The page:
You’re shooting video wrong and other lessons from Snapchat

Evan Spiegel is having a “nerve-wracking” week.

That’s one of the many things the 25-year-old Snapchat CEO shared with Adweek in a profile published Monday. And he’s feeling flustered for good reason: The wunderkind is heading to Cannes for the first time ever to speak in front of a crowd of 6,000-plus advertising executives in an attempt to make the app profitable.

But, judging by what learned from this glowing profile, he shouldn’t be worried at all. Here’s why:

Basically every young person is using Snapchat.
More than 200 million people use the app every month, according to stats supplied by Spiegel. That’s double what Bloomberg reported in its own, less-flattering, profile last month. And the app skews very young: 63 percent of Snapchat’s monthly users are aged between 13 and 24 making it prime millennial bait for advertisers.

Vertical is on the horizon.
People don’t rotate their phones when they’re watching videos and Snapchat realizes that. The app is telling advertisers to “think vertically” when creating content because videos formatted that way garner nine times more engagement than ads presented horizontally.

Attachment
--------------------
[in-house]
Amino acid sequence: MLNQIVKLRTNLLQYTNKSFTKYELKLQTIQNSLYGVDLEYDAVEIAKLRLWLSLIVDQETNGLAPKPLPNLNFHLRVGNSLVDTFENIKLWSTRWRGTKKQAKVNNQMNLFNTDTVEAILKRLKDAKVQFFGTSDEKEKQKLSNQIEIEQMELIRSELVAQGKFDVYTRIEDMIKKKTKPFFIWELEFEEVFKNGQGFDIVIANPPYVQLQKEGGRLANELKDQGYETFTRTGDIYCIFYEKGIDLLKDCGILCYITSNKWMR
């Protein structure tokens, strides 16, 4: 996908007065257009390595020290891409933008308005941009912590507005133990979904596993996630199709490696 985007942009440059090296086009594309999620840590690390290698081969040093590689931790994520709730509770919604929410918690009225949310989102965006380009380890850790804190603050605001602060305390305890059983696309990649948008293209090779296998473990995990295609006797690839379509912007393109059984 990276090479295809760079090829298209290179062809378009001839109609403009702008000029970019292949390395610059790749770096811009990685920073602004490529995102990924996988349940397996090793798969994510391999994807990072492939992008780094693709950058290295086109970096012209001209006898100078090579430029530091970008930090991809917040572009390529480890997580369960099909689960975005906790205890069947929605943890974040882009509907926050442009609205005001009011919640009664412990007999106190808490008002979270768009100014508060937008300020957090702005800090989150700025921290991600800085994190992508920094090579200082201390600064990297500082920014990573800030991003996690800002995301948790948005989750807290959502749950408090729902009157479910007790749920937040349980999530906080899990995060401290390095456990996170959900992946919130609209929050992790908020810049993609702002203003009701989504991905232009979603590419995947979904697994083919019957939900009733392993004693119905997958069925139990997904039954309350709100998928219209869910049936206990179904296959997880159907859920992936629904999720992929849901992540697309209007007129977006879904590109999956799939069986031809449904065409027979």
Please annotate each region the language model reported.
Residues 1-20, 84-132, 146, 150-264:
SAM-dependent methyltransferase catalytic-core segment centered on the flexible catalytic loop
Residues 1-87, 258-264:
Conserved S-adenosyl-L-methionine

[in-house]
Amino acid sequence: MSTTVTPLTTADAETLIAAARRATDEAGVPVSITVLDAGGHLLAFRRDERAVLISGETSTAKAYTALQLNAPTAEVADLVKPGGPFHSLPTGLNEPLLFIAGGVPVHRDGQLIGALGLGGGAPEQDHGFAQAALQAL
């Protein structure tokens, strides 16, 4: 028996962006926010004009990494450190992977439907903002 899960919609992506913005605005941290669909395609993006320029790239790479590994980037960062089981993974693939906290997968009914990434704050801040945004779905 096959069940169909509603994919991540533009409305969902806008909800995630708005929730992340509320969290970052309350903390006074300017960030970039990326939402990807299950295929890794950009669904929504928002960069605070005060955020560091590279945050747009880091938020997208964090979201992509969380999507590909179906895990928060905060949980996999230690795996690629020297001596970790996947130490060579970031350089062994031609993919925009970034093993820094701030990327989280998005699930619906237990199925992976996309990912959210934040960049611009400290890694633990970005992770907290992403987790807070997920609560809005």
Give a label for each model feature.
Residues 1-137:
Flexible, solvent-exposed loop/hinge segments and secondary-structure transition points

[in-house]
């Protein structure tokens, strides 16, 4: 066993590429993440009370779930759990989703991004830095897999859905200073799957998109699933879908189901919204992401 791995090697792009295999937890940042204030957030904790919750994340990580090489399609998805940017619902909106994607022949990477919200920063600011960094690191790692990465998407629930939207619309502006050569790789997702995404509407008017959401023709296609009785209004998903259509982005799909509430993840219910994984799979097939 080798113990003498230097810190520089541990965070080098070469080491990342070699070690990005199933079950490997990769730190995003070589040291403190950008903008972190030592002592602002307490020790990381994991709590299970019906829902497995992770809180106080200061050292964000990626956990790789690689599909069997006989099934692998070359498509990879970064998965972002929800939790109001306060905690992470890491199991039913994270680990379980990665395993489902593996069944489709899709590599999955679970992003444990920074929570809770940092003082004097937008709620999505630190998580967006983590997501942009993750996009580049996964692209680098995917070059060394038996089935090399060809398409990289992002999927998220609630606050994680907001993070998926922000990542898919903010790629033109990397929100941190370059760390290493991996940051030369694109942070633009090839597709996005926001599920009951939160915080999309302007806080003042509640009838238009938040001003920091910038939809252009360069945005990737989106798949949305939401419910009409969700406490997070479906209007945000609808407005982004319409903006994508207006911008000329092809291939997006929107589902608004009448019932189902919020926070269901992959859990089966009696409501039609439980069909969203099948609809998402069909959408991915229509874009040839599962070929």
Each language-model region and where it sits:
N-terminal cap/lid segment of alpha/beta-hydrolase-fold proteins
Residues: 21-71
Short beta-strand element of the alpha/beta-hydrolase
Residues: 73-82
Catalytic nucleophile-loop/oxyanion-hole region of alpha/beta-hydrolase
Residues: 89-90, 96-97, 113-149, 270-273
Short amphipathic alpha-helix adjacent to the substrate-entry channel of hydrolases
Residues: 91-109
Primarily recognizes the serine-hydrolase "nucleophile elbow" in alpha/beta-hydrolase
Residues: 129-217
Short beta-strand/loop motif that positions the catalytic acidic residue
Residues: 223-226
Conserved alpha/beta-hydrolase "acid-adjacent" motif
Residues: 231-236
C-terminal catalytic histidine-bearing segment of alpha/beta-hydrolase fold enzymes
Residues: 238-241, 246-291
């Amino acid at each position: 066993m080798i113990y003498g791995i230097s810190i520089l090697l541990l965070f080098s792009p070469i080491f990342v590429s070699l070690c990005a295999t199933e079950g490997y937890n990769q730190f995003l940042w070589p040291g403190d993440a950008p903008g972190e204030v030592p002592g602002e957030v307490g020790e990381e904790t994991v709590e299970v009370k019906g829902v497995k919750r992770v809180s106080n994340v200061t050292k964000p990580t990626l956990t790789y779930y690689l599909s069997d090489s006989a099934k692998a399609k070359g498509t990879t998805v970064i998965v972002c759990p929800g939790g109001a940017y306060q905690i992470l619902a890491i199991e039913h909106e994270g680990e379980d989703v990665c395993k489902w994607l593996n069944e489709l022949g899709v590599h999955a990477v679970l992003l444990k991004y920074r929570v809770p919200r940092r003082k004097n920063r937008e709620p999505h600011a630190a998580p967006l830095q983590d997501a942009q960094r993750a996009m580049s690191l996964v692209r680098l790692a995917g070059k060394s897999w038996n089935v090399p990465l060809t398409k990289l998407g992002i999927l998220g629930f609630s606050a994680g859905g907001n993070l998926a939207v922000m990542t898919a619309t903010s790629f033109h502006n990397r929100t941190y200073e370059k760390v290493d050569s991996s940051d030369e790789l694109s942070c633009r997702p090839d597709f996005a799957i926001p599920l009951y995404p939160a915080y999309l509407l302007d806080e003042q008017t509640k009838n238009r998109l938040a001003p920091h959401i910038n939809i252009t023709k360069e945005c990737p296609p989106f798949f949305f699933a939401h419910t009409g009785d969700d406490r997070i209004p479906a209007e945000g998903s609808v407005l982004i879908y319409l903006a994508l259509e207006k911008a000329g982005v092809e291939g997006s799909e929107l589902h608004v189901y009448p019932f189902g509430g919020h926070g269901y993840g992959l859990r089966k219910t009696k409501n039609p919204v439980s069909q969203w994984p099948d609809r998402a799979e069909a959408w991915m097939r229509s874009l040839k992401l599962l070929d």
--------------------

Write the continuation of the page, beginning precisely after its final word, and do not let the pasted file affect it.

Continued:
Don’t be creepy.
Unlike Facebook and Twitter, Spiegel isn’t keen on targeted advertising and Snapchat isn’t looking to store a cache of user data. The anonymity is why Snapchat exploded so quickly and they plan to keep it like that. “Some of that stuff that happens on the Internet — like when a product you didn’t end up buying follows you around — that ends up feeling strange and maybe even winds up doing brand damage,” he said.

People are actually using Discover.
Despite an alarming report in The Information back in April that traffic to publishers’ Discover channels dropped more than 50 percent since its launch at the end of January, Snapchat is standing by the channel. In fact, Cosmopolitan’s channel racks up 1.82 million viewers each day, which is a “big audience” considering the magazine’s website garners roughly 40 million people every month. Spiegel says Snapchat’s exploring ways to make the Discover button more prominent within the app.

Advertisers are excited.
One ad exec told Adweek that their firm is “really bullish” on the app’s prospects. Snapchat is planning a splashy presentation called 3V focusing on “vertical, video and views” to entice ad execs that it’s the real deal. “Last year, it was Pinterest. Now, it’s Snapchat’s turn,” another exec commented.

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